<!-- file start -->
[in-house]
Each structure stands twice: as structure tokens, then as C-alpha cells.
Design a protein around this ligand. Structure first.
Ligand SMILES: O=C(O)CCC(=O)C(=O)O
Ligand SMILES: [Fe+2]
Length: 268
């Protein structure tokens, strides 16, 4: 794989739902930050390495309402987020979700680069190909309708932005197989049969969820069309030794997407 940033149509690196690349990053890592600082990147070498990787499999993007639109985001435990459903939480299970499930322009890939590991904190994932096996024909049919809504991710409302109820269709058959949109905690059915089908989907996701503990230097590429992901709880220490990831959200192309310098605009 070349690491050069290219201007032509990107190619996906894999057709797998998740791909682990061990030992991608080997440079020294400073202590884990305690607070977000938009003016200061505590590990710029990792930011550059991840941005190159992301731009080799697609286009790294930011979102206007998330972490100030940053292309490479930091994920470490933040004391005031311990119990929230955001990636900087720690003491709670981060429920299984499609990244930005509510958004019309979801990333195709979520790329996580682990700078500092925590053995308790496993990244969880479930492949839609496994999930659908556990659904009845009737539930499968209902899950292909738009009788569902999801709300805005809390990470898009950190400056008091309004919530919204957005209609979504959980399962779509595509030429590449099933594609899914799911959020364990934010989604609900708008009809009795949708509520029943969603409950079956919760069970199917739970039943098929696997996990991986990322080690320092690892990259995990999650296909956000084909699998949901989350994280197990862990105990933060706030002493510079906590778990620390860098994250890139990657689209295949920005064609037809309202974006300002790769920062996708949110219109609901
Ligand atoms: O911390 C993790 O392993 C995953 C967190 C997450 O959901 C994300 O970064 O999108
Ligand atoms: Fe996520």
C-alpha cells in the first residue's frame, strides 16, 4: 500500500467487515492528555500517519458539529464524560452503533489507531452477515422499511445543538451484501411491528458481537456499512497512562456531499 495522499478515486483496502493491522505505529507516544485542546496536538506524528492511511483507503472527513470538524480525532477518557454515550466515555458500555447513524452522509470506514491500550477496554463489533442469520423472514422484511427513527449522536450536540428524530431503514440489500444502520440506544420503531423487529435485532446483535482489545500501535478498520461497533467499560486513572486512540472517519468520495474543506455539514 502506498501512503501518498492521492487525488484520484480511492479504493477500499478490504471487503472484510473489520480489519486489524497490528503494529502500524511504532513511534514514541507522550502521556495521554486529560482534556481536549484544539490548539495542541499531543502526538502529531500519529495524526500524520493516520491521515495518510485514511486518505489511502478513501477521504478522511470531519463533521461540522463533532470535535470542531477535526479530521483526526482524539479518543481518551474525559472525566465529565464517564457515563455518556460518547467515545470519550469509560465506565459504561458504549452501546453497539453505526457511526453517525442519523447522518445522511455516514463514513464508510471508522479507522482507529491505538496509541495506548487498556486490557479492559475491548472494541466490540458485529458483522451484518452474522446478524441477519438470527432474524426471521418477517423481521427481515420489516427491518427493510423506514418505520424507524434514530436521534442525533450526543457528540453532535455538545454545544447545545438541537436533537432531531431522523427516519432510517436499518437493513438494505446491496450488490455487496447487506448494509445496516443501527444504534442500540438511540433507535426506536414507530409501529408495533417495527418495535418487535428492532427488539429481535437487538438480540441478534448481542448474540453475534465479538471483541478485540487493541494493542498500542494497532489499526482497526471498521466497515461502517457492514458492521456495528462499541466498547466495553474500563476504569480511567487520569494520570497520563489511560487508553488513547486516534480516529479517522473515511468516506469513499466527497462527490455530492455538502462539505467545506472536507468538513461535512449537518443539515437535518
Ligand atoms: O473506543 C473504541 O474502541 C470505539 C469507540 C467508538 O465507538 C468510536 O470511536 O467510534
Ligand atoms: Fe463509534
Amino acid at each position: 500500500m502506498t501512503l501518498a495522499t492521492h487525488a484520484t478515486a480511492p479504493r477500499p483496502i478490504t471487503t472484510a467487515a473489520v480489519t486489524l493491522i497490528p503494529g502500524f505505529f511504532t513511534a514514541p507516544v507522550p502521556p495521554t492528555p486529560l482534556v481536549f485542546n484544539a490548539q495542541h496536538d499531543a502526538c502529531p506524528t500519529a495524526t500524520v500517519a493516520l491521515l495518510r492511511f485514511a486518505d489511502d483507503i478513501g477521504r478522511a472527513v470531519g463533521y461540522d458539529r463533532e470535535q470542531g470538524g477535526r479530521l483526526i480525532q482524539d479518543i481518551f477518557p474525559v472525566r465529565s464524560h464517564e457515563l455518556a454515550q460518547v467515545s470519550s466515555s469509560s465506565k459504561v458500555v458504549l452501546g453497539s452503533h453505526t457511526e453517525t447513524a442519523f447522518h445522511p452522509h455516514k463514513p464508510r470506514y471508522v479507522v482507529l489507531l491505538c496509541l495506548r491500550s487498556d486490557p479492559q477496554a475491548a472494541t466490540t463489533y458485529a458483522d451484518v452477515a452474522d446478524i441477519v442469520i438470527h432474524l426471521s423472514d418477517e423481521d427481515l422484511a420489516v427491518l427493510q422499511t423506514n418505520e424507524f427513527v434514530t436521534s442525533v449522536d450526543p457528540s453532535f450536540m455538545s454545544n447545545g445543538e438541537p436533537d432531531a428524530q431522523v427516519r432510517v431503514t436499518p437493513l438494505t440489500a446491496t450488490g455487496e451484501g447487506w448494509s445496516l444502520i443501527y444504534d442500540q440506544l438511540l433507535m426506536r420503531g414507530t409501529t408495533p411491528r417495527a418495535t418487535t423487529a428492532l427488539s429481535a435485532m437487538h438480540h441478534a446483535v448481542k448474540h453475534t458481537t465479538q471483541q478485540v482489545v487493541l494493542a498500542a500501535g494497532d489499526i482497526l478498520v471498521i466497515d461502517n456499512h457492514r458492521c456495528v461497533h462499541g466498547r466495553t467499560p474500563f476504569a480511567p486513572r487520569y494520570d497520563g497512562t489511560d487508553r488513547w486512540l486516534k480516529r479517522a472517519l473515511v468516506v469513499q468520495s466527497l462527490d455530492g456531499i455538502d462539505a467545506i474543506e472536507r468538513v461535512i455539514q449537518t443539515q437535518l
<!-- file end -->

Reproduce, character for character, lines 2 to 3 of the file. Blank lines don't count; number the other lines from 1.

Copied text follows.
Each structure stands twice: as structure tokens, then as C-alpha cells.
Design a protein around this ligand. Structure first.